Prohibitionist George McCandlish claimed to have once observed two surgeons performing an autopsy on the gray matter of a heavy drinker: “After removing the top of the skull, for the purpose of examining the condition of the brain, they tested it for alcohol by holding a lighted match near it, and immediately the brain took fire and burned with a blue flame, like an alcohol lamp.”  

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7 Surprising Uses for Tequila
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Happy National Tequila Day! While you could celebrate by having a few drinks, you could also skip the hangover by unlocking one of tequila's amazing abilities outside of a glass. Many spirits are useful for activities beyond sipping (vodka, for example, is a great stain and odor remover), but tequila holds some particularly magical powers. Here are just a few of them.


In 2008, a team of scientists in Mexico discovered that when the heated vapor from an 80-proof tequila blanco was combined with a silicon or stainless steel substrate, it resulted in the formation of diamond films. These films can be used in commercial applications, such as electrical insulators, or to create one big fake diamond. Who knew that spending $50 on a bottle of Don Julio was such a wise investment?


Keeping with the science theme: In 2011, researchers at England’s University of Oxford suggested that we may one day be gassing up our cars with tequila. They identified agave, the plant from which tequila is produced, as a potential biofuel source—and a particularly attractive one, as the plant itself is not consumed by humans and can thrive in desert climates.


Scientists have long promoted the potential benefits of the agave plant for its ability to help dissolve fats and lower cholesterol. The bad news? These properties get a bit diluted when the plant is distilled into alcohol. Even more so when it's whipped into a sugary margarita.


Take three or more shots of tequila and you’re bound to pass out. A single shot can have the same effect—just not in that drunken stupor kind of way. Relaxation is one of the positive side effects of tequila drinking; a small amount (1 to 1.5 ounces) before bedtime can reportedly help you fall asleep faster and sleep more soundly.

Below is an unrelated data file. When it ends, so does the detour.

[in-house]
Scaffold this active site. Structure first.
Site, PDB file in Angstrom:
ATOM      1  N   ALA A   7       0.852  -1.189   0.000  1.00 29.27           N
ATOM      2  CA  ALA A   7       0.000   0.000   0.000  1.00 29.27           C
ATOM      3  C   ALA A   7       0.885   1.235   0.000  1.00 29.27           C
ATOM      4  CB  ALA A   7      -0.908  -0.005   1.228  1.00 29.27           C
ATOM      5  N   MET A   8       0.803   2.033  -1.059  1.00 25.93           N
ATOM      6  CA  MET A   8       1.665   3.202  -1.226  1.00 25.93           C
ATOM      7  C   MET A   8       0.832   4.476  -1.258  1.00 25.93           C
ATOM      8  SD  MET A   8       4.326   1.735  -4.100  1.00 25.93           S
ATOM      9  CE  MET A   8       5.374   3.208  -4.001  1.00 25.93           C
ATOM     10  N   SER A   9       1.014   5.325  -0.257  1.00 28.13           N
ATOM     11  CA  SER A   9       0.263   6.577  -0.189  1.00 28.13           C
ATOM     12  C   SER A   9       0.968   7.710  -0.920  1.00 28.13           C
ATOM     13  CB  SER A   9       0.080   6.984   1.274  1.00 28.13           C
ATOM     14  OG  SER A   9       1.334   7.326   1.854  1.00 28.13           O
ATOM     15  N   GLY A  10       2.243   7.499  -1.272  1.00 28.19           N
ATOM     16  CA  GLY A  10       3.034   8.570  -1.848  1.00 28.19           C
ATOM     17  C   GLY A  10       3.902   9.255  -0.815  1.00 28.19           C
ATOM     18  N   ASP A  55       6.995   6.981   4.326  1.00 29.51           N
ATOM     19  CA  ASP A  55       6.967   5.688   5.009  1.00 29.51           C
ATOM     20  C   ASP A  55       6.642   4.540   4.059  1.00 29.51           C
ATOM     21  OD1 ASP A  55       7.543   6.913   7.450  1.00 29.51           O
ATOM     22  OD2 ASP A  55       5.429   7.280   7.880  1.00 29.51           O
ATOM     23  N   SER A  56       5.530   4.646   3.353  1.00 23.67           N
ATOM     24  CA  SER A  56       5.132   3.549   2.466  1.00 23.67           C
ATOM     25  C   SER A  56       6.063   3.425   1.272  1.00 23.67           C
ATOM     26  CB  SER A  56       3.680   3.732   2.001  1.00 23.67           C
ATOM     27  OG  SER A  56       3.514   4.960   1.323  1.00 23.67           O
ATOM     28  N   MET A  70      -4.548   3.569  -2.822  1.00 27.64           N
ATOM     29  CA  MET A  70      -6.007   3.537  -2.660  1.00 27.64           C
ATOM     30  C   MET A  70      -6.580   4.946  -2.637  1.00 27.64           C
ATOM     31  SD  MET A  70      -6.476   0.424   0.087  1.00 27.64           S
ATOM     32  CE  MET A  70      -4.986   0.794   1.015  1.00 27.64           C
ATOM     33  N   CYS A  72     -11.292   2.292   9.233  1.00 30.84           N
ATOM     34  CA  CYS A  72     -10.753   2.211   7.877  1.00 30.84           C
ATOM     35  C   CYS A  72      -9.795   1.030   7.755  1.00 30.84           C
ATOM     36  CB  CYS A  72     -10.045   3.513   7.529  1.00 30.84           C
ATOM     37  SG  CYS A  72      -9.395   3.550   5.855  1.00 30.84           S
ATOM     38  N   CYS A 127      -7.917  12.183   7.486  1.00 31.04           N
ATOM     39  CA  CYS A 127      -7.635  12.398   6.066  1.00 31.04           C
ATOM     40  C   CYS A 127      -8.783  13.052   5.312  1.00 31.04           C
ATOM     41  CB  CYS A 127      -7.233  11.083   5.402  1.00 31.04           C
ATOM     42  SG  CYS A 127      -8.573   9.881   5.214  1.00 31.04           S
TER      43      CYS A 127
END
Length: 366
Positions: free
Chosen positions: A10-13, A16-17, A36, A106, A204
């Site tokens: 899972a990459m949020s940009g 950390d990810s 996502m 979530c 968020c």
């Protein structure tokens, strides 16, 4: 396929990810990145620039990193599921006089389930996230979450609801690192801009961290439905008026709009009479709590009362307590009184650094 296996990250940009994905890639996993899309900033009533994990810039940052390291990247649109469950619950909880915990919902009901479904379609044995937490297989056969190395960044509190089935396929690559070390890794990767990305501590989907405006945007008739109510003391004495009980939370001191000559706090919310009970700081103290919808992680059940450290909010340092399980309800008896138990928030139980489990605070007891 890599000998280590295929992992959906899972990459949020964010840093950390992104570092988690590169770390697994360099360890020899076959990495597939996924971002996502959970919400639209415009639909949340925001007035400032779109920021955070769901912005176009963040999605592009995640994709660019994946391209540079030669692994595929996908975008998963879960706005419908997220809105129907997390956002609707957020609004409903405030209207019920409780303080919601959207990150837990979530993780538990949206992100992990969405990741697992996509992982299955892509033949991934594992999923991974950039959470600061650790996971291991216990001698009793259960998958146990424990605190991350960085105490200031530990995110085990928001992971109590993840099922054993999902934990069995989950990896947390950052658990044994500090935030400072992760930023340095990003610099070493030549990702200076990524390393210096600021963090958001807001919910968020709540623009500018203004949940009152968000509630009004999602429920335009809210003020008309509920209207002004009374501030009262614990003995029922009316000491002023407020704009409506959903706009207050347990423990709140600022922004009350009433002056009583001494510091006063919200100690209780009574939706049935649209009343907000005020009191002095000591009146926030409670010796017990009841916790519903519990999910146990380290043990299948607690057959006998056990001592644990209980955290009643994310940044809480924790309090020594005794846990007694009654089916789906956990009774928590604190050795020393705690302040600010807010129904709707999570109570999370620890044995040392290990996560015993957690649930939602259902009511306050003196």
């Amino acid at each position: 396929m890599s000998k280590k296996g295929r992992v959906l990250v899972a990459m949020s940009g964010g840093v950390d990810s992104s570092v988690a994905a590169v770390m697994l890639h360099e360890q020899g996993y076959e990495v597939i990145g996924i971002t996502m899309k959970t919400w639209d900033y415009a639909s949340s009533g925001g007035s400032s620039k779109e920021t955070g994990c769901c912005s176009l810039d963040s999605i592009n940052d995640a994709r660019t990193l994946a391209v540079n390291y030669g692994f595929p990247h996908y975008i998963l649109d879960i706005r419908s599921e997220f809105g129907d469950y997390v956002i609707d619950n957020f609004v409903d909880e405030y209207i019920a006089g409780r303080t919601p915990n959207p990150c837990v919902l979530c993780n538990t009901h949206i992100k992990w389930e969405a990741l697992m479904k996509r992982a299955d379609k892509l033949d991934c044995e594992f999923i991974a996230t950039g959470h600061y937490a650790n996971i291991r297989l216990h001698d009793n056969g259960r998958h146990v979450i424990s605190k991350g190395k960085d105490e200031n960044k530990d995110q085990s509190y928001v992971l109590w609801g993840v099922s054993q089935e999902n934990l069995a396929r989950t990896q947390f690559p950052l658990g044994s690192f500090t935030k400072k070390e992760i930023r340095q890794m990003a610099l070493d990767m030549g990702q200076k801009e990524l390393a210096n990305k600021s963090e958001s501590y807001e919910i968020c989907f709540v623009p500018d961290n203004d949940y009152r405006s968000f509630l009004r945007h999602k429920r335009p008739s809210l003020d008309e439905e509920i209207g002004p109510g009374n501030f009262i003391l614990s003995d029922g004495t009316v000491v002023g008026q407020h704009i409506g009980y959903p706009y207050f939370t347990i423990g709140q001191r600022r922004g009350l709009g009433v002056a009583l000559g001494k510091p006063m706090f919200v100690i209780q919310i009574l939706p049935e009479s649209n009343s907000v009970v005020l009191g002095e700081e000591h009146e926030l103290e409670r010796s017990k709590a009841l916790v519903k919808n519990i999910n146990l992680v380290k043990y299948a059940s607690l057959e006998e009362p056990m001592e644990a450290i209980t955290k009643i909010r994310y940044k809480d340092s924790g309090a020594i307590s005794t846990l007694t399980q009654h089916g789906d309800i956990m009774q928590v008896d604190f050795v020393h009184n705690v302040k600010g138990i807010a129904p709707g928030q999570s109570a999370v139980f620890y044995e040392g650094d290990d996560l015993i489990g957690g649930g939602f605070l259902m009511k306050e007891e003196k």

Too much of a good thing may not bring a welcome turn of events for your liver … but your colon will thank you! Researchers at Mexico’s University of Guadalajara have identified the blue agave as a potentially helpful source for delivering drugs to the colon in order to treat colitis, IBS, Crohn’s disease and even cancer.


If Ernest Hemingway had known about the healing properties of tequila, his signature drink might have been a margarita instead of a daiquiri. In 2010, experiments conducted at Mexico’s Polytechnic Institute of Guanajuato revealed that the agave plant (which is high in fructans, a fructose polymer) could stimulate the GLP-1 hormone, aiding in increased insulin production.


“Plenty of liquids” is a well-known remedy for getting oneself out from under the weather. But expanding that definition to include a kicked-up shot of tequila makes a day laid out on the couch sound much more appealing. In the 1930s, doctors in Mexico recommended the following concoction to fight off a cold.

.5 ounce of tequila blanco
.5 ounce of agave nectar (to eliminate bacteria and soothe sore throats)
.5 ounce of fresh lime juice (for Vitamin C) 

Though some people (including tequila companies) swear by its healing powers, others say it's hogwash.